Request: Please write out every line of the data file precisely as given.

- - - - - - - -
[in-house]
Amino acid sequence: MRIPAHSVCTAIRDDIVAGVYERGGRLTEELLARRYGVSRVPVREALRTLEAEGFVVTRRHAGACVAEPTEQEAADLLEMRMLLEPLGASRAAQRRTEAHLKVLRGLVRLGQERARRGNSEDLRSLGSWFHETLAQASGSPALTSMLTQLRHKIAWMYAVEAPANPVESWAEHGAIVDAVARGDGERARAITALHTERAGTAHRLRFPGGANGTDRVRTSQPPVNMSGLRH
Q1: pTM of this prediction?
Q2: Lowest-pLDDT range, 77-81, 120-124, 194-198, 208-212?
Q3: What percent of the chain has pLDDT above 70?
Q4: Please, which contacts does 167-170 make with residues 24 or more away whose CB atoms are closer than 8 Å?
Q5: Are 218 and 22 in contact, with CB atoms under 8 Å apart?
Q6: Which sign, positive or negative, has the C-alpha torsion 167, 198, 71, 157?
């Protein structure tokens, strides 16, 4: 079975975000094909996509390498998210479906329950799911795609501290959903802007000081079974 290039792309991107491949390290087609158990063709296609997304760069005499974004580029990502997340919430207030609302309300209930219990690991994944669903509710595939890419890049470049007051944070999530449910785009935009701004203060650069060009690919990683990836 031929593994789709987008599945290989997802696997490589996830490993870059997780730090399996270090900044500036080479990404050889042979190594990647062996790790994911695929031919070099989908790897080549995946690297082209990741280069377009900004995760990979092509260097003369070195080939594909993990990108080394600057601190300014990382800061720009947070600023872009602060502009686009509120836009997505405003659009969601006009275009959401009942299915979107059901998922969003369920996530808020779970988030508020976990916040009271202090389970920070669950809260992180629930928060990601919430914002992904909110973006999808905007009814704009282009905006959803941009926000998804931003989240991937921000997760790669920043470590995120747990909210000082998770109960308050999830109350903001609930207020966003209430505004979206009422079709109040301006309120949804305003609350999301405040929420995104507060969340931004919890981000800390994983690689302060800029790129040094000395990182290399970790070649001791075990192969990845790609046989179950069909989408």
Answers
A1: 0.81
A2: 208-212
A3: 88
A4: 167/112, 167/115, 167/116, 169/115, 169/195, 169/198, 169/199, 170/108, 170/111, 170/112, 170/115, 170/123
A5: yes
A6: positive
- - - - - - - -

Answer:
[in-house]
Amino acid sequence: MRIPAHSVCTAIRDDIVAGVYERGGRLTEELLARRYGVSRVPVREALRTLEAEGFVVTRRHAGACVAEPTEQEAADLLEMRMLLEPLGASRAAQRRTEAHLKVLRGLVRLGQERARRGNSEDLRSLGSWFHETLAQASGSPALTSMLTQLRHKIAWMYAVEAPANPVESWAEHGAIVDAVARGDGERARAITALHTERAGTAHRLRFPGGANGTDRVRTSQPPVNMSGLRH
Q1: pTM of this prediction?
Q2: Lowest-pLDDT range, 77-81, 120-124, 194-198, 208-212?
Q3: What percent of the chain has pLDDT above 70?
Q4: Please, which contacts does 167-170 make with residues 24 or more away whose CB atoms are closer than 8 Å?
Q5: Are 218 and 22 in contact, with CB atoms under 8 Å apart?
Q6: Which sign, positive or negative, has the C-alpha torsion 167, 198, 71, 157?
């Protein structure tokens, strides 16, 4: 079975975000094909996509390498998210479906329950799911795609501290959903802007000081079974 290039792309991107491949390290087609158990063709296609997304760069005499974004580029990502997340919430207030609302309300209930219990690991994944669903509710595939890419890049470049007051944070999530449910785009935009701004203060650069060009690919990683990836 031929593994789709987008599945290989997802696997490589996830490993870059997780730090399996270090900044500036080479990404050889042979190594990647062996790790994911695929031919070099989908790897080549995946690297082209990741280069377009900004995760990979092509260097003369070195080939594909993990990108080394600057601190300014990382800061720009947070600023872009602060502009686009509120836009997505405003659009969601006009275009959401009942299915979107059901998922969003369920996530808020779970988030508020976990916040009271202090389970920070669950809260992180629930928060990601919430914002992904909110973006999808905007009814704009282009905006959803941009926000998804931003989240991937921000997760790669920043470590995120747990909210000082998770109960308050999830109350903001609930207020966003209430505004979206009422079709109040301006309120949804305003609350999301405040929420995104507060969340931004919890981000800390994983690689302060800029790129040094000395990182290399970790070649001791075990192969990845790609046989179950069909989408």
Answers
A1: 0.81
A2: 208-212
A3: 88
A4: 167/112, 167/115, 167/116, 169/115, 169/195, 169/198, 169/199, 170/108, 170/111, 170/112, 170/115, 170/123
A5: yes
A6: positive